First, let me be one of the last to wish you a Happy New Year! I hope this year is filled with joy and hope-realized for you.
I know I’ve been away for a bit, as many of you have reminded me as you asked and wrote, “Where are your articles on Italy?” But, I’m back now. However, I do feel a bit fickle about my absence because of what I was doing when I wasn’t preparing my Italy, Our Italy articles.
I hope you don’t think less of me when you find that I was working on photos from our latest trip – a trip to England, Scotland and Ireland. There were fewer vineyards there (actually, we saw none), less pasta and wine (we made up for the wine with ciders), but the people were just as friendly as those of our Italian encounters. I’d have to say that the countryside of the UK environs was a good bit more cultivated and elegant than those of Italy…but maybe simplicity and magic are what continues to draw us to Italy.
At any rate, it took me a good bit of time to get through the photos from our trip. If you would like to see just a few of the photos from our England-Scotland-Ireland trip, you can see them by clicking this button...
During the next few weeks, I will be going over the various districts, or ‘sestiere’, of the most interesting, beautiful and mysterious city in the world – Venice. I began this journey with the article on the San Marco sestiere on February 16, 2016 in the article titled ‘The Sestiere of Venice”.
As this new year progresses, I’ll cover the other 5 sestiere of Venice. In each, I will give you a quick overview of the sestiere. Then I will cover where to stay and where to eat in that sestiere. If there is something else that I think you need to know of that sestiere, I’ll include that, too.
Here is the simple map similar to the one I included in the article on the sestiere of San Marco.
This map presents a rather modest view of the six sestiere. I say 'modest' because this map just cannot characterize the world that it represents and that awaits you...you will have to experience it on your own.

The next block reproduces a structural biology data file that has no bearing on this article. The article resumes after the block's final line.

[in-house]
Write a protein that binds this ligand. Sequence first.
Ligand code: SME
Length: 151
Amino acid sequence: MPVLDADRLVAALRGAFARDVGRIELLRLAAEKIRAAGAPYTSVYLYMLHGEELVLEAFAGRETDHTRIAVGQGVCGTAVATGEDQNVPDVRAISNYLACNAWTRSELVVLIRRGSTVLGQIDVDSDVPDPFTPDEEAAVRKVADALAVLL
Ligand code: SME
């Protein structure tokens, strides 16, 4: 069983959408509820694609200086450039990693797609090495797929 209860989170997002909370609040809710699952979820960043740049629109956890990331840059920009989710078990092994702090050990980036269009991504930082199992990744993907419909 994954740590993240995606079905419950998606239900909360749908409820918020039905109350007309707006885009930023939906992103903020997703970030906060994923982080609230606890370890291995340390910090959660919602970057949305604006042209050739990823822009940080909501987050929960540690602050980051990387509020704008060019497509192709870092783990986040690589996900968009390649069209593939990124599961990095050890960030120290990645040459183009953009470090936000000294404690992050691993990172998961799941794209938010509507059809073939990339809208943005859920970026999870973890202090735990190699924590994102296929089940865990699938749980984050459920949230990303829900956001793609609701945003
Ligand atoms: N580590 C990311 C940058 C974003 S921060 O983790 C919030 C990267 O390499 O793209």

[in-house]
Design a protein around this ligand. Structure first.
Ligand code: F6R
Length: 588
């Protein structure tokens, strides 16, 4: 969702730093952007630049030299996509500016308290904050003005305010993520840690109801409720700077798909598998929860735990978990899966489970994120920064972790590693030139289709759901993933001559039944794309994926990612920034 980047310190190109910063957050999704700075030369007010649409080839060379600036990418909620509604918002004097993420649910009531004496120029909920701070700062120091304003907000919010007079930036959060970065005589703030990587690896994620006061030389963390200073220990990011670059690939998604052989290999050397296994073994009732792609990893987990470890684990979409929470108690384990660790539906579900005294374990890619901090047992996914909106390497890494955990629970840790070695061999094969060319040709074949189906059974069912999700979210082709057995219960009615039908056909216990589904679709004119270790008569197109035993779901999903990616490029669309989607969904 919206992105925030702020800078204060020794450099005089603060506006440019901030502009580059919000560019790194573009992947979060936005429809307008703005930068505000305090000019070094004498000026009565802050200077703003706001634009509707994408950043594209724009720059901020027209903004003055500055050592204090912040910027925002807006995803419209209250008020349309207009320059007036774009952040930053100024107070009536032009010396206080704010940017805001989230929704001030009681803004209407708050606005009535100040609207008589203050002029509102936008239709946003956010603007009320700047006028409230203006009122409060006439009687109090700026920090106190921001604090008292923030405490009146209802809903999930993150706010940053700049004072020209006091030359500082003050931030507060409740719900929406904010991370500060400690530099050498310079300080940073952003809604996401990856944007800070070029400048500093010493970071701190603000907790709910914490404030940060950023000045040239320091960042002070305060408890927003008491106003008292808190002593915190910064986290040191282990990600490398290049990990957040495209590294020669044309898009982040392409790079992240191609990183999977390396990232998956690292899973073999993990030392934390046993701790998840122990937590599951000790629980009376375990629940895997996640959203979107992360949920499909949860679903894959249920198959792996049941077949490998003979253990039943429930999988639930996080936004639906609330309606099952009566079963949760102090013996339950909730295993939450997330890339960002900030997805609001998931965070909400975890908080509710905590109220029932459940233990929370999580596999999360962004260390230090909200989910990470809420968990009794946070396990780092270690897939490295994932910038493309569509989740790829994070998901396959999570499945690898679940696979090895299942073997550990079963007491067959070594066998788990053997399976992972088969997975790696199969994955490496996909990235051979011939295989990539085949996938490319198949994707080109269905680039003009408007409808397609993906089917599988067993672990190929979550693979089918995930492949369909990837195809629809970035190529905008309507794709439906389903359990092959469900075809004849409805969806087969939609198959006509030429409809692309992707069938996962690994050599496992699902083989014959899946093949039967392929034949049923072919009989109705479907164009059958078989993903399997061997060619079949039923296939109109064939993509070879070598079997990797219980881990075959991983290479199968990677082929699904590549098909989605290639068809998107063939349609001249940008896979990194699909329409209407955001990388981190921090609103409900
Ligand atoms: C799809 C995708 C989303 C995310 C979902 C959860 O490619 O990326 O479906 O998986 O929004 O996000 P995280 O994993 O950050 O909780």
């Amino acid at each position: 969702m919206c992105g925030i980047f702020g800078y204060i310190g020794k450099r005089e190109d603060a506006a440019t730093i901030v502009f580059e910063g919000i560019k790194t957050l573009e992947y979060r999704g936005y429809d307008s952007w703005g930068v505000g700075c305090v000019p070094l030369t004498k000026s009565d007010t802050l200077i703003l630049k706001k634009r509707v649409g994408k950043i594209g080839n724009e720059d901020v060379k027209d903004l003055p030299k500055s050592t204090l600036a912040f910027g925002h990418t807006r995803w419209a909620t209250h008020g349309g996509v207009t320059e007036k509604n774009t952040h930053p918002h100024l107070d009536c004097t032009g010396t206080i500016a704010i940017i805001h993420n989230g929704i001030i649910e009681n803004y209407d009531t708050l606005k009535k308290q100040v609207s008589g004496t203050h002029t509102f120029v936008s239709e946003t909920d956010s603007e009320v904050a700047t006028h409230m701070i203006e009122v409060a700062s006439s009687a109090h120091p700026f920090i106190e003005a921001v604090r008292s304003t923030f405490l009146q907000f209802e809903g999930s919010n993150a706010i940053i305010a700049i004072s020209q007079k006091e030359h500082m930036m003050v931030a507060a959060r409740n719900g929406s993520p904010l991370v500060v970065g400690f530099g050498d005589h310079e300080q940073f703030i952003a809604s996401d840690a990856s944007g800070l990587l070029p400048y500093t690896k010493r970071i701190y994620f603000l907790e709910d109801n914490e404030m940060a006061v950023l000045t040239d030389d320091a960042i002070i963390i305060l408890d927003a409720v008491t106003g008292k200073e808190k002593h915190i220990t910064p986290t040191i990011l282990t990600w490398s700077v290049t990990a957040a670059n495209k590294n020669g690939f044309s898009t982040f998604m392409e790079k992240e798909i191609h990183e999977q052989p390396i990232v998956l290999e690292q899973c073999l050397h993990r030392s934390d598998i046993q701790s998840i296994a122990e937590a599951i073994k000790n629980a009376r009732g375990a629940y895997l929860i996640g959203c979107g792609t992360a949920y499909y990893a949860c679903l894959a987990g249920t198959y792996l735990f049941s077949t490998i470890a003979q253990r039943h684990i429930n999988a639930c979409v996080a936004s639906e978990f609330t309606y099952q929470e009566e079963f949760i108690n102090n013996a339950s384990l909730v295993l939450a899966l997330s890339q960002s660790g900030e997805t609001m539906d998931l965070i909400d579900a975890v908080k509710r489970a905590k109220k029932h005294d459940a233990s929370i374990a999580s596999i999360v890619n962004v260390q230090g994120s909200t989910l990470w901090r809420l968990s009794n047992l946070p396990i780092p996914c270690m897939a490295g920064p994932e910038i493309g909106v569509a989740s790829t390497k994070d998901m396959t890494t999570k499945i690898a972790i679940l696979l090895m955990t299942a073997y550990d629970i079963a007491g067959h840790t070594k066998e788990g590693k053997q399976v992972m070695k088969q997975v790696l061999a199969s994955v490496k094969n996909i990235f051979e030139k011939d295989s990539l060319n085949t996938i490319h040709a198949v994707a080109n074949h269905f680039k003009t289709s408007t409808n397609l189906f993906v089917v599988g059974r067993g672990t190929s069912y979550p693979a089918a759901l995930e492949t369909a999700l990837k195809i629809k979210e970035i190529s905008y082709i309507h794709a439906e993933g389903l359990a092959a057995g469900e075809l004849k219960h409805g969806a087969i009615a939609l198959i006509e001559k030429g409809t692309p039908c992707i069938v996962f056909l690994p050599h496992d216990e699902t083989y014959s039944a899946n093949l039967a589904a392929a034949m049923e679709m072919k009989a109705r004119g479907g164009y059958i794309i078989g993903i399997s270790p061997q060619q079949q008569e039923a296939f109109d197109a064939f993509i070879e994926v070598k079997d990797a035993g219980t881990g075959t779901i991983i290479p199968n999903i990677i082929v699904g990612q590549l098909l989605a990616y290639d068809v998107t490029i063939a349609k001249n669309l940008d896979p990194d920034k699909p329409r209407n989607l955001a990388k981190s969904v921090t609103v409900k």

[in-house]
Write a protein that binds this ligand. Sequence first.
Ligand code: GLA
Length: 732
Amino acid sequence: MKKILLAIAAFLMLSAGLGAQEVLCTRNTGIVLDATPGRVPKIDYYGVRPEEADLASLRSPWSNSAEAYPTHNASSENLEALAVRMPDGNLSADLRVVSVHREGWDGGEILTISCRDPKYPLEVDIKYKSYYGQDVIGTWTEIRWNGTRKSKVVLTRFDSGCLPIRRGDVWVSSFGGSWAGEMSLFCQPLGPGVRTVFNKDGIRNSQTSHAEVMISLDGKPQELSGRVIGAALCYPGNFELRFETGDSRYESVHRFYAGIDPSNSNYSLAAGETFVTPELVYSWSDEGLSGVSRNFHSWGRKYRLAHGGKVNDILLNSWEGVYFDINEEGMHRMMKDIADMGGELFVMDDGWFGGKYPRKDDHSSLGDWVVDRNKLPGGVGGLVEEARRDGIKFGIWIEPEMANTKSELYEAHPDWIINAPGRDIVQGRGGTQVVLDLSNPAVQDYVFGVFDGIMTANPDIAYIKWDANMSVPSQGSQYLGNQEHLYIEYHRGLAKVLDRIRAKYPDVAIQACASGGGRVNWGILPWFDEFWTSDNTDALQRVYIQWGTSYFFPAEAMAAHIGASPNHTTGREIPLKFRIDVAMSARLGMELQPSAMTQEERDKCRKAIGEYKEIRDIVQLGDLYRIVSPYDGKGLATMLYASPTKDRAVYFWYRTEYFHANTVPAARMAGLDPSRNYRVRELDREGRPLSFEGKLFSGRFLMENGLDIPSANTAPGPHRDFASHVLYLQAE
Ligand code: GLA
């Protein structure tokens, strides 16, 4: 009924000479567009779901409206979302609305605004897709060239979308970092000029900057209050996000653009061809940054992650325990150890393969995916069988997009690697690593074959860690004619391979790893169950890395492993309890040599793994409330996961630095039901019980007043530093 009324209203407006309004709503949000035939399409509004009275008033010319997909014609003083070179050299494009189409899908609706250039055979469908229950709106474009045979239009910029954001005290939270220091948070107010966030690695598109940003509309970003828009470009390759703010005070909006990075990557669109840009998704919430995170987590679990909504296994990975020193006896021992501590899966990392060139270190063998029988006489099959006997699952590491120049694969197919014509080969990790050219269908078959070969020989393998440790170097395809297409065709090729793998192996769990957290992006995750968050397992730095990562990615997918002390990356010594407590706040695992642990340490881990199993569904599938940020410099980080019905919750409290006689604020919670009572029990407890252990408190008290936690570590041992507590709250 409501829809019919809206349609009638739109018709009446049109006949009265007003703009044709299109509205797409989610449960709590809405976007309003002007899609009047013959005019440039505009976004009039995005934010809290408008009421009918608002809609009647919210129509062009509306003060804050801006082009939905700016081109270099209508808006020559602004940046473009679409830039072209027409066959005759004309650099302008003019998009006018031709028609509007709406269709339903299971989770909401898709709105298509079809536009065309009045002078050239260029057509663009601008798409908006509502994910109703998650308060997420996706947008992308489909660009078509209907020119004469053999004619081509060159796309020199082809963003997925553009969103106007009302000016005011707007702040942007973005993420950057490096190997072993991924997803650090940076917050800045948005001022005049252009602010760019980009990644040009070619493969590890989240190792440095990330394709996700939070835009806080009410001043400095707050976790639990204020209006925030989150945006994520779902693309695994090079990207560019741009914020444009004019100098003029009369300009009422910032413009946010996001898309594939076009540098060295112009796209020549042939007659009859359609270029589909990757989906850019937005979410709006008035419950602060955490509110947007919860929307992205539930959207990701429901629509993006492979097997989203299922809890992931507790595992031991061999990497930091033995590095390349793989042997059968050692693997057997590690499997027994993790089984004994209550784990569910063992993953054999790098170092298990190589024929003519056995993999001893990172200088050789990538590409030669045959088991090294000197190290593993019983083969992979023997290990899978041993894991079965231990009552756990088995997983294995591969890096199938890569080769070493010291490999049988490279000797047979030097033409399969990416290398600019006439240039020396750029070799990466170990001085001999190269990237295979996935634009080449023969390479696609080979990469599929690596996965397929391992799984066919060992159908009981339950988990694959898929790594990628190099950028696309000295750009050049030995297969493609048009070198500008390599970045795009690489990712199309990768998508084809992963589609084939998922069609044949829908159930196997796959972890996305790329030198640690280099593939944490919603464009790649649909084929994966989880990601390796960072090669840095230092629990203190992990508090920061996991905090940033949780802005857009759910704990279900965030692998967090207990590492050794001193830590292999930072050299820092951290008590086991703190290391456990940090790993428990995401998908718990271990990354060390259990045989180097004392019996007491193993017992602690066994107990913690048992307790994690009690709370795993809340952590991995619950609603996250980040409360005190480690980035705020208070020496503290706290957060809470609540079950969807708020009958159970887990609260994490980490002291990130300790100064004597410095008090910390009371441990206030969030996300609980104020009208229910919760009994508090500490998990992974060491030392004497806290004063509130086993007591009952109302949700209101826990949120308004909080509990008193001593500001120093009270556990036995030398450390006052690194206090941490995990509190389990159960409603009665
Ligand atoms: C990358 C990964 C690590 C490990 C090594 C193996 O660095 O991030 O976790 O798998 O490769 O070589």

You will note that the map includes the Giudecca island, which is not actually one of the six official sestiere. Further, not all maps show the same delineations for the sestiere. For instance, some show the Giudecca to be part of Dorsodouro. While others show that orange, polygonal island at the eastern end of Giudecca (the island on which the church of San Giorgio Maggiore sits) to be part of the sestiere of San Marco. For our purposes, we will use the delineations shown in the map above as we work through the sestiere.
Finally, understand that there are many, many islands in the Venetian lagoon (around 117 it is estimated) that are not considered to be within the districts of Venice – islands like Murano (glass), Burano (lace and colorful homes) and San Michele (dead people).
I'm wondering if you remember what the six sestiere and Giudecca have to do with the accouterments of a Venetian gondola. If not, you can review that in the San Marco sestiere article.
Here is a rather different view of the six sestiere of Venice…this in the form of a Google maps satellite view. I want you to see this to see just how large the municipality of Venice is.
Venice is quite huge. Note just how many buildings there are. From east-to-west, Venice is about 3 miles, while north-to-south, it is just shy of 2 miles. Within these six square miles you will find 409 bridges crossing over the 177 canals that divide Venice into 117 islands.
And in this detail view below, you can see churches, gardens, pozzi, restaurants, boats, canals and bridges.
There are places you will never see as you stroll Venice, as they are kept hidden behind walls and locked doors, like the one of which I wrote here. In Venice, intrigue abounds now as it has for centuries!
You've seen our favorite sestiere of San Marco, so tune in next week when we visit our second most-favorite sestiere, San Polo.
Ciao for now,
ps: The Berlin Foto Biennale is now over. If you missed the significance of that exhibit this past fall, please see my previous article here.